STOP ME if you've heard this one: Two veterans, a South Korean piano teacher, and a repurposed 1972 Mobile Scout travel trailer roll into the Rose City Food Park pod and start churning out fine-tuned Japanese chirashi bowls.
Pause Japanese Bistro had a circuitous way of bringing their cuisine to the world. The result is a healthy yet super tasty bowl of goodness—and probably the only chirashi available from a cart in Portland.
Chirashi, which means "scattered" in Japanese, has always been one of the more forgiving and freeform dishes in a country where there's usually strict adherence to traditional recipes. You'll find chirashi at most sushi restaurants around town: fish atop sushi rice, with vegetables, hard-boiled eggs, roe, or whatever else is thrown on top.
Pause Bistro owners—Hyeyeon and Lewis Doyle, and Tony Porches—landed on their concept because chirashi is healthy and quick to fix, and they've drawn on Hyeyeon's skills in Japanese and Korean cooking, both of which she learned from her grandparents.
Pause's chirashi borders on a salad, but has more substance. For $8, you start with white or brown rice (either works, in my experience) and raw or seared ahi tuna (the seared edges out the raw just a smidge). Then comes spinach, lettuce, pickled ginger, and shredded carrots. There are six sauces to top it off, but the winner is the wasabi soy—a blend that slicks the ingredients in a nose-tingling layer of spice. Don't skip the housemade cucumber kimchi, which is $1 extra and also includes a drink.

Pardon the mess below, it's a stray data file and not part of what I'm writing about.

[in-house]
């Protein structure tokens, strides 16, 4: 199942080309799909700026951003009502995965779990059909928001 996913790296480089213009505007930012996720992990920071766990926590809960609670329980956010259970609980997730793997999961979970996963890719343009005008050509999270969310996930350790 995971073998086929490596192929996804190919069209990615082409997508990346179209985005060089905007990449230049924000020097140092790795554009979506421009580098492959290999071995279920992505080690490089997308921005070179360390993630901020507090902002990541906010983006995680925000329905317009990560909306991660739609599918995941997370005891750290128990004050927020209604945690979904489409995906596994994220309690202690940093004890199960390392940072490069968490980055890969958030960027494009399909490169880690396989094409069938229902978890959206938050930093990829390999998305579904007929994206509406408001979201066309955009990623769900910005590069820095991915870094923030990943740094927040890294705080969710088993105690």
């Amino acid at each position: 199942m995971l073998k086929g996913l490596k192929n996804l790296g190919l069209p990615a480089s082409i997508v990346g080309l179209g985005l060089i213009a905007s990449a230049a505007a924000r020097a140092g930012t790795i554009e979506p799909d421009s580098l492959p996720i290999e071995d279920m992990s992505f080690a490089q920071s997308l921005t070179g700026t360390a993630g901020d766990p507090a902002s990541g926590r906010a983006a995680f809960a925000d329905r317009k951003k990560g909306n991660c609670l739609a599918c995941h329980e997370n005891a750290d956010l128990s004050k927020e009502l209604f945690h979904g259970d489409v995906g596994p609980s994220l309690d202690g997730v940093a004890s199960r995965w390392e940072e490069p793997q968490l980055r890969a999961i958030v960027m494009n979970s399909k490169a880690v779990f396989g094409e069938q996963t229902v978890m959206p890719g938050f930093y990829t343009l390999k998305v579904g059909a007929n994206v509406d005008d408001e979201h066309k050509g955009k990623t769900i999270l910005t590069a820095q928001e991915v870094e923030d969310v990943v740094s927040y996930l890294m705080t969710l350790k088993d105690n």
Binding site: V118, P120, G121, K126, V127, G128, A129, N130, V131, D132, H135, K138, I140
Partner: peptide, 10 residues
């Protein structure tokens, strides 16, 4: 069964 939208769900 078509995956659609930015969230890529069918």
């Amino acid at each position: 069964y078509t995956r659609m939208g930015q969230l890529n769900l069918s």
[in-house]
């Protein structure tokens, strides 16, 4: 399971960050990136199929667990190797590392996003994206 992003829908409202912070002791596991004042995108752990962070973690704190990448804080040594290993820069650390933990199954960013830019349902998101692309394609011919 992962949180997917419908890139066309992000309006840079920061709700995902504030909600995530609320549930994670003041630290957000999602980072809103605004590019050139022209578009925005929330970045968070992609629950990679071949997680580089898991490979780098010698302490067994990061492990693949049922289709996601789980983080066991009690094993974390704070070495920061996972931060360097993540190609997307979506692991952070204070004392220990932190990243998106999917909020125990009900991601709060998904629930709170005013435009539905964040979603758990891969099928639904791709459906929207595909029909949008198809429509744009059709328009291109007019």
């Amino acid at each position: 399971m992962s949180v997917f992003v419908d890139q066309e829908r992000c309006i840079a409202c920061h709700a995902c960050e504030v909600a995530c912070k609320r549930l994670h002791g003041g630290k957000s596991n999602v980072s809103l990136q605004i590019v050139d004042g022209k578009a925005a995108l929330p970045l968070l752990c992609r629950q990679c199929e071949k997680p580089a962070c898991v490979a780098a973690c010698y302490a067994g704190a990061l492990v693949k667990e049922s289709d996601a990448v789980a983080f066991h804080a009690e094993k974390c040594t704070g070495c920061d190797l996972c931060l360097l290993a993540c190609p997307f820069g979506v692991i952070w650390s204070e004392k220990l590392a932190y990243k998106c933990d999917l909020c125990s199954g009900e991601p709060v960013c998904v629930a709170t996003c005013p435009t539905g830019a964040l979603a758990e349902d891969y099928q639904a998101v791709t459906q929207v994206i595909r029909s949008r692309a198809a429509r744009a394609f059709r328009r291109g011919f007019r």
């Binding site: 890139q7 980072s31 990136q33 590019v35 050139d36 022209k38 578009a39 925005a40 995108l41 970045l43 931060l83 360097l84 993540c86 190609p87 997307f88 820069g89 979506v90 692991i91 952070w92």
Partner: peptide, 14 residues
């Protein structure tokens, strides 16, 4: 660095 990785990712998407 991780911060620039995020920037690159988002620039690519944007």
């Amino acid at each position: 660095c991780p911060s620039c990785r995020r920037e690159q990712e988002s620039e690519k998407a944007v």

Pause also offers chicken and tofu Japanese curry, which are fine but lack the depth and heat of other restaurants' versions. Rotating items, including kimchi fried rice, ramen, and the current special, cold buckwheat noodles with vegetables and sauce, are also on hand.
In obligatory Portland form, there's an eye toward sustainability—the tuna is line-caught yellowtail from the Indian Ocean, not the overfished bluefin. Albacore can be subbed in, provided it's in season. The serving window is an old door, and the menu boards lived former lives as kitchen cabinets, reclaimed from the Rebuilding Center on Mississippi. The cash register is from 1908, and as much as possible, the appliances are refurbished or secondhand.
And despite all the conservation, there's expansion in the works—Pause Japanese Bistro is already set to open a second location at SW 9th and Washington in the next few weeks.
Pause Japanese Bistro
Rose City Food Park
5235 NE Sandy
Tues-Sat 11 am-7 pm, Sun noon-6 pm. Covered seating at cart pod.
Here Are a Few Other Places That Treat Tuna Right
This is one of my favorite food carts in town. Owner Dustin Olson's poke-style ahi tuna has substantial spice and is unfailingly fresh. It's the perfect topping on one of the best salads I've had the pleasure of consuming, and it's also great in the house tacos. 4262 SE Belmont
Sneak to the seafood department, where they're dishing up a lunch of champions: bowls of ahi poke over sticky rice and sesame-tinged seaweed salad. There's a variety of sauce options—I like the simple shoyu garlic with a touch of sriracha. 830 NW Everett
Yoko's Japanese Restaurant
I first visited Yoko's in my teens back when I considered tempura from Pioneer Place a fancy Japanese meal. Then Taka's Tuna happened; it's Yoko's signature creation, and it features a deep-fried rice ball topped with thin-sliced avocado and sesame-soaked chopped tuna. It is impossible to eat without little bits falling to the plate below in an effort to cram the whole shebang in your mouth. Order double what you think you'll want. It'll get eaten. 2878 SE Gladstone
Ohana Hawaiian Café
Just like the best menudo is only served on weekends, the same is true of the fresh bigeye ahi tuna poke at Ohana. Available Friday through Sunday, the good stuff is flown in from Hawaii when available, cubed and seasoned with Hawaiian sea salt, shoyu, sesame oil, onions, and fresh Hawaiian seaweed. It's made all the better with a Spam musubi or two. 6320 NE Sandy